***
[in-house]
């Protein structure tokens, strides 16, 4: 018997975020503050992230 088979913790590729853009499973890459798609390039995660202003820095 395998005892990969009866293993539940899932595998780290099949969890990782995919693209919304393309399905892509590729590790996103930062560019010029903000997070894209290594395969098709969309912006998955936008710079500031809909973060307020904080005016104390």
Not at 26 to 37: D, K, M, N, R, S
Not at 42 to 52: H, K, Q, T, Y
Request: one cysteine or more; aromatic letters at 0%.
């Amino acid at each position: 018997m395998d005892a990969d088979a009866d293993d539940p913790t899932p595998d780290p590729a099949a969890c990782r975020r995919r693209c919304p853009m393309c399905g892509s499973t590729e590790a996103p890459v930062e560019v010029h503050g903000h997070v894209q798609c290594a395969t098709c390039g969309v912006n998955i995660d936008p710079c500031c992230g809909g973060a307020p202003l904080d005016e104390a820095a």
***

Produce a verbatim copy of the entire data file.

[in-house]
């Protein structure tokens, strides 16, 4: 018997975020503050992230 088979913790590729853009499973890459798609390039995660202003820095 395998005892990969009866293993539940899932595998780290099949969890990782995919693209919304393309399905892509590729590790996103930062560019010029903000997070894209290594395969098709969309912006998955936008710079500031809909973060307020904080005016104390």
Not at 26 to 37: D, K, M, N, R, S
Not at 42 to 52: H, K, Q, T, Y
Request: one cysteine or more; aromatic letters at 0%.
């Amino acid at each position: 018997m395998d005892a990969d088979a009866d293993d539940p913790t899932p595998d780290p590729a099949a969890c990782r975020r995919r693209c919304p853009m393309c399905g892509s499973t590729e590790a996103p890459v930062e560019v010029h503050g903000h997070v894209q798609c290594a395969t098709c390039g969309v912006n998955i995660d936008p710079c500031c992230g809909g973060a307020p202003l904080d005016e104390a820095a």